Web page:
It’s foggy this morning—both outside the house and inside my head—and when that happens, it helps to keep things a little Sunny . . .
Maybe a week ago my six-and-two thirds, Mommy-year old, was pretending to eat her lunch and listening to her aunt and I explain the differences between Tolkien’s Hobbit and Peter Jackson’s movie to her grandmother, who wasn’t particularly interested in seeing the latter, even after we talked up the excellent dwarf dinner scene.
“What’s a dwarf?” Sunny asked.
“In the book and the movie, a dwarf is a very short warrior with a big beard,” I said, simplifying. “A bunch of them come into Bilbo’s house, eat all his food, and then take him on an adventure.”
“What’s a Bilbo?” Sunny asked, wrinkling her little nose.
“A hobbit,” we all said.
“Oh. What’s a hobbit?”
“They’re people with pointed ears and very hairy feet, so they don’t need shoes,” Watson said. “They’re mostly farmers, but some of them are very brave.”
“Tooks and Bagginses,” we said together.
“And they’re even smaller than the dwarfs,” I said. “About your size.”
“Smaller,” Watson said. “They’re only about three feet tall.”
“Really?” I asked, trying to remember. “Three feet? You’re not confusing them with Smurfs and apples?”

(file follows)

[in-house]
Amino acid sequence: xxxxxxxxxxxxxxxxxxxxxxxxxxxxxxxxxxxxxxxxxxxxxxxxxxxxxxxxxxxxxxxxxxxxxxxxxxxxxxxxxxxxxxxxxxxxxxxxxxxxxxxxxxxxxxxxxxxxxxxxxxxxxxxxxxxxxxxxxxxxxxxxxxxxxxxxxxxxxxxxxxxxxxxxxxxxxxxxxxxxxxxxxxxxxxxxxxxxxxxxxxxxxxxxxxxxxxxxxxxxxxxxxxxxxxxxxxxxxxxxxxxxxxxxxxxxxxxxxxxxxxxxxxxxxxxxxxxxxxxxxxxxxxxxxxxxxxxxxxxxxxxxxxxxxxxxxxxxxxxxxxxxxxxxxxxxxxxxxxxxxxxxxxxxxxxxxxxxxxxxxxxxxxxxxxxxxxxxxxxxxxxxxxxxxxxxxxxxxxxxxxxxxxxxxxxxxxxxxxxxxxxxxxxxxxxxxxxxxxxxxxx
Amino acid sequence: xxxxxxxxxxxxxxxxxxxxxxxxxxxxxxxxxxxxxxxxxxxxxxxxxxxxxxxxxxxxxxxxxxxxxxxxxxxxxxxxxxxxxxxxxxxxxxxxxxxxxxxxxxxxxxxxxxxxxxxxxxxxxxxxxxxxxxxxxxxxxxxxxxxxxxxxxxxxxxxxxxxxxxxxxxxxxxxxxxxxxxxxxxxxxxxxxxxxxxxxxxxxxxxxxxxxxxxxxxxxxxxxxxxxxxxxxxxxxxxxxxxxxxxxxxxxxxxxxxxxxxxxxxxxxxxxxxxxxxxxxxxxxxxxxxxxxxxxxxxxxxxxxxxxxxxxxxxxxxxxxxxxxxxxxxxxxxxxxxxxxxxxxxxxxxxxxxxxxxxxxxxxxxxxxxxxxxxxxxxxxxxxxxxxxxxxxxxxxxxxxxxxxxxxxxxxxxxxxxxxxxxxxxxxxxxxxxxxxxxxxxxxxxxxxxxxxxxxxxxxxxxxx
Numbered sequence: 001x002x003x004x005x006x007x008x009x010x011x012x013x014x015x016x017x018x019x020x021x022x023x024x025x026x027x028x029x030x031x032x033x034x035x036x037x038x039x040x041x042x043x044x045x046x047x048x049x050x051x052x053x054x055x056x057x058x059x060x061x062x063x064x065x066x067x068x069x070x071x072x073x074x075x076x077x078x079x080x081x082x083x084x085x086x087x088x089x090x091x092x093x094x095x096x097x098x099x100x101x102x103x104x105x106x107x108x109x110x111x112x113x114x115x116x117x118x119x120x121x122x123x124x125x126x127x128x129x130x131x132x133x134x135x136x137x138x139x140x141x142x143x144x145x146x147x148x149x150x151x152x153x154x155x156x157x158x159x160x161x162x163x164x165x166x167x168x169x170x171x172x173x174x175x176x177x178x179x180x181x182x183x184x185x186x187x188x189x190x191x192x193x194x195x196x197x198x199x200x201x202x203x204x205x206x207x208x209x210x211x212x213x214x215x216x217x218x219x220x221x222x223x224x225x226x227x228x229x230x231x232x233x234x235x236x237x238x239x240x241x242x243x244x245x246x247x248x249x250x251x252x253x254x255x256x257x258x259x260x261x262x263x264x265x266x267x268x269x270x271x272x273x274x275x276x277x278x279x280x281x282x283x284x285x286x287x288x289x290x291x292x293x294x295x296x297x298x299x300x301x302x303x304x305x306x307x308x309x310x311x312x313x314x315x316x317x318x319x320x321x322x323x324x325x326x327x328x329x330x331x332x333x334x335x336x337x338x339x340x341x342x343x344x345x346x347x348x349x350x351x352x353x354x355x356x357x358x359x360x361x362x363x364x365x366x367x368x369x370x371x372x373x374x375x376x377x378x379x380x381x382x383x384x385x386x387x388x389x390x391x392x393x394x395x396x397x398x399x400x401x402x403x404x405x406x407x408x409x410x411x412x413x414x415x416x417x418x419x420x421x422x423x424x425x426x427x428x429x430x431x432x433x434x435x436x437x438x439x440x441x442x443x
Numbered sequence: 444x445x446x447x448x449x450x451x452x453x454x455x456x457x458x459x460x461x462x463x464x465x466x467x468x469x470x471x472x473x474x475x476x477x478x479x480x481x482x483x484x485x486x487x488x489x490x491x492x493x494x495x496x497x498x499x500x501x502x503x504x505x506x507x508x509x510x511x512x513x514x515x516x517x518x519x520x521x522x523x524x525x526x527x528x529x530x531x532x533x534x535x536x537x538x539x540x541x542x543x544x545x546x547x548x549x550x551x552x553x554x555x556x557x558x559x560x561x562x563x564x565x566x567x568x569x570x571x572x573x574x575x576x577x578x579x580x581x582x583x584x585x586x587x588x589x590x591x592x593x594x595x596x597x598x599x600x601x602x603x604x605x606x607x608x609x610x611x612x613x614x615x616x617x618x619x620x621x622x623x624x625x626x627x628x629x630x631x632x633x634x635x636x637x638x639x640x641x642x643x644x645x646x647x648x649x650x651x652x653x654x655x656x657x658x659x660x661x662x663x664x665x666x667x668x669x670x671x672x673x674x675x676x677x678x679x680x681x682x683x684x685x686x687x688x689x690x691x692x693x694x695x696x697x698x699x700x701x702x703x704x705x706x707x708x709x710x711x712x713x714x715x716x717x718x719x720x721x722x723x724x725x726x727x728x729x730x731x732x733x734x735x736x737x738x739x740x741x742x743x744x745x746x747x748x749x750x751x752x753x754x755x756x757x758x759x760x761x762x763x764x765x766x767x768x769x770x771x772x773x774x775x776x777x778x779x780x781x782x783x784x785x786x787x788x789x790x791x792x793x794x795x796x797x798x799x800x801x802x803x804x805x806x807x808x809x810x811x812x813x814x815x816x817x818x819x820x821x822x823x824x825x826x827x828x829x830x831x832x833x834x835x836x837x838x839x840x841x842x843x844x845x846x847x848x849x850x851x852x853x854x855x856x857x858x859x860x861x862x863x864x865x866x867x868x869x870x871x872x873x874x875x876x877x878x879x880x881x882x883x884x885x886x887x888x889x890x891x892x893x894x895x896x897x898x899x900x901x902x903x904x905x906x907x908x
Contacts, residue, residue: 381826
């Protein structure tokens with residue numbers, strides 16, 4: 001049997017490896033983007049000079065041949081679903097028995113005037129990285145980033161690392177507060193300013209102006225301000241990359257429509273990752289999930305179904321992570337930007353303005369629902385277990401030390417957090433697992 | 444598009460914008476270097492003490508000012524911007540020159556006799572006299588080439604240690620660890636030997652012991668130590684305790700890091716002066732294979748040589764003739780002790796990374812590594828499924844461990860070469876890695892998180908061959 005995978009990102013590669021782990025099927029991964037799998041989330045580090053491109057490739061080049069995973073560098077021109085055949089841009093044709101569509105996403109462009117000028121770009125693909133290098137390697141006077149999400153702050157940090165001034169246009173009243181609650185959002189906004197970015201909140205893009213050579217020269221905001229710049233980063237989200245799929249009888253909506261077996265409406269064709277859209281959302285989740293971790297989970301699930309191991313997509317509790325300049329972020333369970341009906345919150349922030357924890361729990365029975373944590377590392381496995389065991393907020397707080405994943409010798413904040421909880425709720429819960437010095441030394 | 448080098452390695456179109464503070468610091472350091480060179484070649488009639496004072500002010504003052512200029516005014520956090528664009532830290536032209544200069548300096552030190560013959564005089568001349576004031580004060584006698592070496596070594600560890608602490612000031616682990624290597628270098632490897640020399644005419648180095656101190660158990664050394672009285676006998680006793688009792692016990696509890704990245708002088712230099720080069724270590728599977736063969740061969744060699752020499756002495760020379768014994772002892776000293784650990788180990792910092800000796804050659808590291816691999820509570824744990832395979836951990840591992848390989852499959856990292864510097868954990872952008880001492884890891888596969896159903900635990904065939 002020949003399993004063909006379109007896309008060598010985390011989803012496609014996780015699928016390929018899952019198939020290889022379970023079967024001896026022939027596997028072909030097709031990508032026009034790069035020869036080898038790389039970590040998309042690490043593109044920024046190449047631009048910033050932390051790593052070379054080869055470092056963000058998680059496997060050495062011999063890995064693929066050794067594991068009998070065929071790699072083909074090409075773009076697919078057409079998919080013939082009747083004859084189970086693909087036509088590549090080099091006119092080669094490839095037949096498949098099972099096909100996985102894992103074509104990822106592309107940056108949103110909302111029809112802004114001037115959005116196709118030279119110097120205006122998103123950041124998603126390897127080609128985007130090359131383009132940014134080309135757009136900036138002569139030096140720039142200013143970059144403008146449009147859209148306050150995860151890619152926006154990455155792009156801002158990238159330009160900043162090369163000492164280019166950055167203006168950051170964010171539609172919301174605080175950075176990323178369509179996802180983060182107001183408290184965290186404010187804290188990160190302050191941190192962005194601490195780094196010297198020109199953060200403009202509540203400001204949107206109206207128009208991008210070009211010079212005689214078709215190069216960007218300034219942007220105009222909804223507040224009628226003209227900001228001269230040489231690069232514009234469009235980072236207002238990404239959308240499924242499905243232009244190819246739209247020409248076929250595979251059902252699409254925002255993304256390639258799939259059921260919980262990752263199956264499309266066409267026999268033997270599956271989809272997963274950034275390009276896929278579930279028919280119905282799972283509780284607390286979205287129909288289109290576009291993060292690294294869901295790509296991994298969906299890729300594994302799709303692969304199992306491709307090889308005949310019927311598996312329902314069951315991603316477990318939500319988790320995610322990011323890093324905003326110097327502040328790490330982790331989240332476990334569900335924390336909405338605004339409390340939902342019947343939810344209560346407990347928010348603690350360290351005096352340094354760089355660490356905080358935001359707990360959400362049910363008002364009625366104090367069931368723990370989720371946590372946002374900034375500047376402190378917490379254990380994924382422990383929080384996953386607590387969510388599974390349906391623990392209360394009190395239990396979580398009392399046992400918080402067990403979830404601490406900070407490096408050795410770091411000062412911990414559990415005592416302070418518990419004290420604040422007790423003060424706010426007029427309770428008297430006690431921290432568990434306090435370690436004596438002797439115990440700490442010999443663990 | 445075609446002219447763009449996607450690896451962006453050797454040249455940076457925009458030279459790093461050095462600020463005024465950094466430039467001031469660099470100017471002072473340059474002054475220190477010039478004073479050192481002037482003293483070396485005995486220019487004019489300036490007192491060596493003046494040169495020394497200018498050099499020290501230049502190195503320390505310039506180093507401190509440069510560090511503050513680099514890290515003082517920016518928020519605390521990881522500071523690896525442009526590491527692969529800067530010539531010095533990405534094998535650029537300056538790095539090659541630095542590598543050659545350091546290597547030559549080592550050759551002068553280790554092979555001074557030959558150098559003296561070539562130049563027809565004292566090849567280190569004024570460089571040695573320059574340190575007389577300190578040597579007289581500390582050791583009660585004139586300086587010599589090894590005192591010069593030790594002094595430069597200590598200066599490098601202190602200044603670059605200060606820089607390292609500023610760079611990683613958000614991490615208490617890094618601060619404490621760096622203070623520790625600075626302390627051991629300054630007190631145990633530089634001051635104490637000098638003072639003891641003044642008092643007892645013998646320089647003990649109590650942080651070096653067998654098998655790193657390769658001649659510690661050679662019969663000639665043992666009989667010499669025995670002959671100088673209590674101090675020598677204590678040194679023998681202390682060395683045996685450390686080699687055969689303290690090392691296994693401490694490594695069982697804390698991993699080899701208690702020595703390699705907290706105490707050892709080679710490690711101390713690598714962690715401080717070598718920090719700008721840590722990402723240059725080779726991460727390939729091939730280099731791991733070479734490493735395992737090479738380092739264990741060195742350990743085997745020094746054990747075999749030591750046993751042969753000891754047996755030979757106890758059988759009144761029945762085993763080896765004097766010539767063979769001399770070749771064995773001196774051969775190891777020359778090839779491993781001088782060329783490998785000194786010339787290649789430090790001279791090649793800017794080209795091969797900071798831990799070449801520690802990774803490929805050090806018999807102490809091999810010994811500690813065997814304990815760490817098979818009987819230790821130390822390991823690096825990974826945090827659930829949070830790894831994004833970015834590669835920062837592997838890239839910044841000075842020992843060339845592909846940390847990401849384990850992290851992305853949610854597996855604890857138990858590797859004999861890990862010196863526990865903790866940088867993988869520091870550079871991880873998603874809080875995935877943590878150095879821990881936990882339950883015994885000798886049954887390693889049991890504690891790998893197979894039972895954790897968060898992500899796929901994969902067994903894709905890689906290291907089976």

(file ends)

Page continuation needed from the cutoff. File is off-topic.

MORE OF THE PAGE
“I don’t think so,” Watson said. “Remember Bilbo holding all those dwarf weapons?”
“Huh,” I said. “Okay.”
“What about Smurfs?” Sunny asked.
“Smurfs are three apples high,” I said. “But they never really tell you how big those apples are. I mean, Macintosh or Granny Smith?”
That started the conversation veering in a different direction, and Sunny excused herself and wandered away.
Well after I’d forgotten about the conversation, Watson came up to me, laughing. “Want to hear what your child just said?”
“I don’t know.” I said. “Do I?”
“Well, Jane told Sunny she couldn’t do something because she was just a little kid.”
“Yeah. But then Sunny looked up at her, hands on her hips, and said, ‘I’m not a little kid, Janie! I’m a tall hobbit.'”
The day after Thanksgiving, my mother went to the huge local craft fair, as is her tradition, and bought—among many, many other things, which is also her tradition—each of the kids a large, round stone with their name carved in it.*
After dinner, as the adults and Jane finished their dessert around the dining room table, I noticed Sunny by the living room couch, because open floor plans are awesome.
She’d wrapped something in a couple of Thanksgiving napkins and was having an involved conversation with whatever it was.
“Sunny?” I asked, out of lazy curiosity. “Is that your name stone?”
“Yes. I’m keeping him safe.”
“Good idea.” And because I was full of turkey noodle soup and pumpkin cake and forgot who I was talking to for a second, I chuckled and asked, “Have you named your name stone, yet?”
I exchanged glances with Jane. “I guess even name stones need a name,” she said, shrugging.
“Is his name . . . Sunny?” I asked.
“No. His name is Sheldon.”
Jane and I stared at each other, eyebrows raised, and then at Sunny. “Sheldon?!“
Mom laughed so hard at our perfectly synchronized confusion that she nearly fell off her chair.
Also, I might add, a Thanksgiving tradition—at least on Sunny days.
*I cannot for the life of me make the grammar sound right in that sentence, so I’m giving up. Indy? Help?